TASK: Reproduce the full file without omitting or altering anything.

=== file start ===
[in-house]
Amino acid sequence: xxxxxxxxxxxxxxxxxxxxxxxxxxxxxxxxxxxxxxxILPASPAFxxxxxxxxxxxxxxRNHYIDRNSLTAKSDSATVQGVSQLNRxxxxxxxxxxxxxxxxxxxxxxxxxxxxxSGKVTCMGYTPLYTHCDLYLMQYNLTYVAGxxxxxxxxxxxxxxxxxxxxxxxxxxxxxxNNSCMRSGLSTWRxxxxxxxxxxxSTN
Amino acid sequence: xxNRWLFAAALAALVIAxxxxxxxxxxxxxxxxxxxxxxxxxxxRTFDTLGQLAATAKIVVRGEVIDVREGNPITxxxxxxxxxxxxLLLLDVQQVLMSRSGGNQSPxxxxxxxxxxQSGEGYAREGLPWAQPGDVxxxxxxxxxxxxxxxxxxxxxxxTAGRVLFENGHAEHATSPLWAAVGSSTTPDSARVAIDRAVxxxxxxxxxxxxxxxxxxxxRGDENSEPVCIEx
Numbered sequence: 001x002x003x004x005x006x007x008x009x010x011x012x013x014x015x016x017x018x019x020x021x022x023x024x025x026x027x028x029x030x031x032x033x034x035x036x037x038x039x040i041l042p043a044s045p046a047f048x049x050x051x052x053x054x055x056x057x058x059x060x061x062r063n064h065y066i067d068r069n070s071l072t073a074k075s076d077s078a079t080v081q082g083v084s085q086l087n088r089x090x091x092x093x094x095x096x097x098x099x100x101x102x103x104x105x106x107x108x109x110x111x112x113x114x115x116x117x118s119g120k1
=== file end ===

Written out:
[in-house]
Amino acid sequence: xxxxxxxxxxxxxxxxxxxxxxxxxxxxxxxxxxxxxxxILPASPAFxxxxxxxxxxxxxxRNHYIDRNSLTAKSDSATVQGVSQLNRxxxxxxxxxxxxxxxxxxxxxxxxxxxxxSGKVTCMGYTPLYTHCDLYLMQYNLTYVAGxxxxxxxxxxxxxxxxxxxxxxxxxxxxxxNNSCMRSGLSTWRxxxxxxxxxxxSTN
Amino acid sequence: xxNRWLFAAALAALVIAxxxxxxxxxxxxxxxxxxxxxxxxxxxRTFDTLGQLAATAKIVVRGEVIDVREGNPITxxxxxxxxxxxxLLLLDVQQVLMSRSGGNQSPxxxxxxxxxxQSGEGYAREGLPWAQPGDVxxxxxxxxxxxxxxxxxxxxxxxTAGRVLFENGHAEHATSPLWAAVGSSTTPDSARVAIDRAVxxxxxxxxxxxxxxxxxxxxRGDENSEPVCIEx
Numbered sequence: 001x002x003x004x005x006x007x008x009x010x011x012x013x014x015x016x017x018x019x020x021x022x023x024x025x026x027x028x029x030x031x032x033x034x035x036x037x038x039x040i041l042p043a044s045p046a047f048x049x050x051x052x053x054x055x056x057x058x059x060x061x062r063n064h065y066i067d068r069n070s071l072t073a074k075s076d077s078a079t080v081q082g083v084s085q086l087n088r089x090x091x092x093x094x095x096x097x098x099x100x101x102x103x104x105x106x107x108x109x110x111x112x113x114x115x116x117x118s119g120k1